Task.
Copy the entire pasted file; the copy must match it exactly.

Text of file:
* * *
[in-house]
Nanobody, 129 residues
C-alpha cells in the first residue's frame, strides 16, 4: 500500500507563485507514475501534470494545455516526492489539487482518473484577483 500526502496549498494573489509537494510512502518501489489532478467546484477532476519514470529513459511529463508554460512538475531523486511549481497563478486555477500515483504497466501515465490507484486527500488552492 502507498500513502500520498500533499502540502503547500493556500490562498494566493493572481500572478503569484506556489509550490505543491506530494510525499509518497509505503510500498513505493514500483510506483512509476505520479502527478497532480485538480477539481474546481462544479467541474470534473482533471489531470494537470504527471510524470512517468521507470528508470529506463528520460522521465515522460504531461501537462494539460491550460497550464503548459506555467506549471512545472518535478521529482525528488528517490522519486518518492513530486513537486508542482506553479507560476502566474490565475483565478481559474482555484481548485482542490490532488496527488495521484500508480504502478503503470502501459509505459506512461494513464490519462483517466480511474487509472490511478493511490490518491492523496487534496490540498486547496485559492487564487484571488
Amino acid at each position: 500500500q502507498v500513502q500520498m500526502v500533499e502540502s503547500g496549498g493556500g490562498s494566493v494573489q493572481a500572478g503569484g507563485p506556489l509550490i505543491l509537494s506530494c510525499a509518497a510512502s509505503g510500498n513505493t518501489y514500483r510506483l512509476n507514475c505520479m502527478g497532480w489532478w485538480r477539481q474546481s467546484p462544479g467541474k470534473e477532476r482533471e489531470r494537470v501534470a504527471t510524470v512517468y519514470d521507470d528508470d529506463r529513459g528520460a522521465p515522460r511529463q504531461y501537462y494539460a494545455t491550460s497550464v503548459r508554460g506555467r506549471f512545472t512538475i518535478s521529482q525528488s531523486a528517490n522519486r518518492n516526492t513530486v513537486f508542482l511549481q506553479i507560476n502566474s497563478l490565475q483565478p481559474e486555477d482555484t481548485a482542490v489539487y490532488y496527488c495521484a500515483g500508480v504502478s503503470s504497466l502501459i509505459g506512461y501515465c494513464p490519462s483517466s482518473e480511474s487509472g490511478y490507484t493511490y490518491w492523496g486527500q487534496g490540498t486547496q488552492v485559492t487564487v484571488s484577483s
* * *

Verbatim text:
[in-house]
Nanobody, 129 residues
C-alpha cells in the first residue's frame, strides 16, 4: 500500500507563485507514475501534470494545455516526492489539487482518473484577483 500526502496549498494573489509537494510512502518501489489532478467546484477532476519514470529513459511529463508554460512538475531523486511549481497563478486555477500515483504497466501515465490507484486527500488552492 502507498500513502500520498500533499502540502503547500493556500490562498494566493493572481500572478503569484506556489509550490505543491506530494510525499509518497509505503510500498513505493514500483510506483512509476505520479502527478497532480485538480477539481474546481462544479467541474470534473482533471489531470494537470504527471510524470512517468521507470528508470529506463528520460522521465515522460504531461501537462494539460491550460497550464503548459506555467506549471512545472518535478521529482525528488528517490522519486518518492513530486513537486508542482506553479507560476502566474490565475483565478481559474482555484481548485482542490490532488496527488495521484500508480504502478503503470502501459509505459506512461494513464490519462483517466480511474487509472490511478493511490490518491492523496487534496490540498486547496485559492487564487484571488
Amino acid at each position: 500500500q502507498v500513502q500520498m500526502v500533499e502540502s503547500g496549498g493556500g490562498s494566493v494573489q493572481a500572478g503569484g507563485p506556489l509550490i505543491l509537494s506530494c510525499a509518497a510512502s509505503g510500498n513505493t518501489y514500483r510506483l512509476n507514475c505520479m502527478g497532480w489532478w485538480r477539481q474546481s467546484p462544479g467541474k470534473e477532476r482533471e489531470r494537470v501534470a504527471t510524470v512517468y519514470d521507470d528508470d529506463r529513459g528520460a522521465p515522460r511529463q504531461y501537462y494539460a494545455t491550460s497550464v503548459r508554460g506555467r506549471f512545472t512538475i518535478s521529482q525528488s531523486a528517490n522519486r518518492n516526492t513530486v513537486f508542482l511549481q506553479i507560476n502566474s497563478l490565475q483565478p481559474e486555477d482555484t481548485a482542490v489539487y490532488y496527488c495521484a500515483g500508480v504502478s503503470s504497466l502501459i509505459g506512461y501515465c494513464p490519462s483517466s482518473e480511474s487509472g490511478y490507484t493511490y490518491w492523496g486527500q487534496g490540498t486547496q488552492v485559492t487564487v484571488s484577483s